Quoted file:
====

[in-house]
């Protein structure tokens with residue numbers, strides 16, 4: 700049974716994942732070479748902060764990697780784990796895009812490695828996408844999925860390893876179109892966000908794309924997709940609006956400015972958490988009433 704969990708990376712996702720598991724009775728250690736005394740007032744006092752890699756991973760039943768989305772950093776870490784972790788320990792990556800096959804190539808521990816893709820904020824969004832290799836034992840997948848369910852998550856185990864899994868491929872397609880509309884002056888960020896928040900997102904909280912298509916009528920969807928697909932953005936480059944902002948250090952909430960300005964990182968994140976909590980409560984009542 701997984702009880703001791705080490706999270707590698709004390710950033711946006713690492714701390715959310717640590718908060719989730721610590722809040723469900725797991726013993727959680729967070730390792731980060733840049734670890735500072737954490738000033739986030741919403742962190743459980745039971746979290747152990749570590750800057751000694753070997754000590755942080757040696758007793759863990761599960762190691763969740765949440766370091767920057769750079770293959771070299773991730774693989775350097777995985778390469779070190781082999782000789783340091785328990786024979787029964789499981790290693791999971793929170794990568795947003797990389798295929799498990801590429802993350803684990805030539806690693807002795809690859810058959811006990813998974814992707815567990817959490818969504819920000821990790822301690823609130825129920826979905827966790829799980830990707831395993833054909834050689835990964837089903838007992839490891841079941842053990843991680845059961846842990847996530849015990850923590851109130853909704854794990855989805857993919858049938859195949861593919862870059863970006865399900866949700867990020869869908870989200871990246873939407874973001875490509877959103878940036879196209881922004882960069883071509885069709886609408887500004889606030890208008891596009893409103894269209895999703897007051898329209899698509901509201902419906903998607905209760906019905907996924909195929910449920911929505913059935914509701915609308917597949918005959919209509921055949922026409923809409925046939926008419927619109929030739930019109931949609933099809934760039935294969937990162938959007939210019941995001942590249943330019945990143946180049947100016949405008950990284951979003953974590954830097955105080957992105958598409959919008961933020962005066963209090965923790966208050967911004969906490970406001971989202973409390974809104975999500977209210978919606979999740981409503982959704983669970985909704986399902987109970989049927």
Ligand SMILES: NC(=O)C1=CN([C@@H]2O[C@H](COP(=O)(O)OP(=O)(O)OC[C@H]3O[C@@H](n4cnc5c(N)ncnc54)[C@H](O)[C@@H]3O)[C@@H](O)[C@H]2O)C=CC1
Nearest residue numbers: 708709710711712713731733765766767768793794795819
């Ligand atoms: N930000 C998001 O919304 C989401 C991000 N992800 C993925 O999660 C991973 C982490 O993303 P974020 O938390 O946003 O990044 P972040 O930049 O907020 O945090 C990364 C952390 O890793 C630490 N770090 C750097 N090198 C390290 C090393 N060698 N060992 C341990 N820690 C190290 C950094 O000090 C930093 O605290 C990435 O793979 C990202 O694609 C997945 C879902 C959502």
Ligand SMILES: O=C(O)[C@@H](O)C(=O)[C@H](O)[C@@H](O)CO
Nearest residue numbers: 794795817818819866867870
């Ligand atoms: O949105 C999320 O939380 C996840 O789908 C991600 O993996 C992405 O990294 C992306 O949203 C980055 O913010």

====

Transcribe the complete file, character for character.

[in-house]
């Protein structure tokens with residue numbers, strides 16, 4: 700049974716994942732070479748902060764990697780784990796895009812490695828996408844999925860390893876179109892966000908794309924997709940609006956400015972958490988009433 704969990708990376712996702720598991724009775728250690736005394740007032744006092752890699756991973760039943768989305772950093776870490784972790788320990792990556800096959804190539808521990816893709820904020824969004832290799836034992840997948848369910852998550856185990864899994868491929872397609880509309884002056888960020896928040900997102904909280912298509916009528920969807928697909932953005936480059944902002948250090952909430960300005964990182968994140976909590980409560984009542 701997984702009880703001791705080490706999270707590698709004390710950033711946006713690492714701390715959310717640590718908060719989730721610590722809040723469900725797991726013993727959680729967070730390792731980060733840049734670890735500072737954490738000033739986030741919403742962190743459980745039971746979290747152990749570590750800057751000694753070997754000590755942080757040696758007793759863990761599960762190691763969740765949440766370091767920057769750079770293959771070299773991730774693989775350097777995985778390469779070190781082999782000789783340091785328990786024979787029964789499981790290693791999971793929170794990568795947003797990389798295929799498990801590429802993350803684990805030539806690693807002795809690859810058959811006990813998974814992707815567990817959490818969504819920000821990790822301690823609130825129920826979905827966790829799980830990707831395993833054909834050689835990964837089903838007992839490891841079941842053990843991680845059961846842990847996530849015990850923590851109130853909704854794990855989805857993919858049938859195949861593919862870059863970006865399900866949700867990020869869908870989200871990246873939407874973001875490509877959103878940036879196209881922004882960069883071509885069709886609408887500004889606030890208008891596009893409103894269209895999703897007051898329209899698509901509201902419906903998607905209760906019905907996924909195929910449920911929505913059935914509701915609308917597949918005959919209509921055949922026409923809409925046939926008419927619109929030739930019109931949609933099809934760039935294969937990162938959007939210019941995001942590249943330019945990143946180049947100016949405008950990284951979003953974590954830097955105080957992105958598409959919008961933020962005066963209090965923790966208050967911004969906490970406001971989202973409390974809104975999500977209210978919606979999740981409503982959704983669970985909704986399902987109970989049927």
Ligand SMILES: NC(=O)C1=CN([C@@H]2O[C@H](COP(=O)(O)OP(=O)(O)OC[C@H]3O[C@@H](n4cnc5c(N)ncnc54)[C@H](O)[C@@H]3O)[C@@H](O)[C@H]2O)C=CC1
Nearest residue numbers: 708709710711712713731733765766767768793794795819
């Ligand atoms: N930000 C998001 O919304 C989401 C991000 N992800 C993925 O999660 C991973 C982490 O993303 P974020 O938390 O946003 O990044 P972040 O930049 O907020 O945090 C990364 C952390 O890793 C630490 N770090 C750097 N090198 C390290 C090393 N060698 N060992 C341990 N820690 C190290 C950094 O000090 C930093 O605290 C990435 O793979 C990202 O694609 C997945 C879902 C959502």
Ligand SMILES: O=C(O)[C@@H](O)C(=O)[C@H](O)[C@@H](O)CO
Nearest residue numbers: 794795817818819866867870
């Ligand atoms: O949105 C999320 O939380 C996840 O789908 C991600 O993996 C992405 O990294 C992306 O949203 C980055 O913010």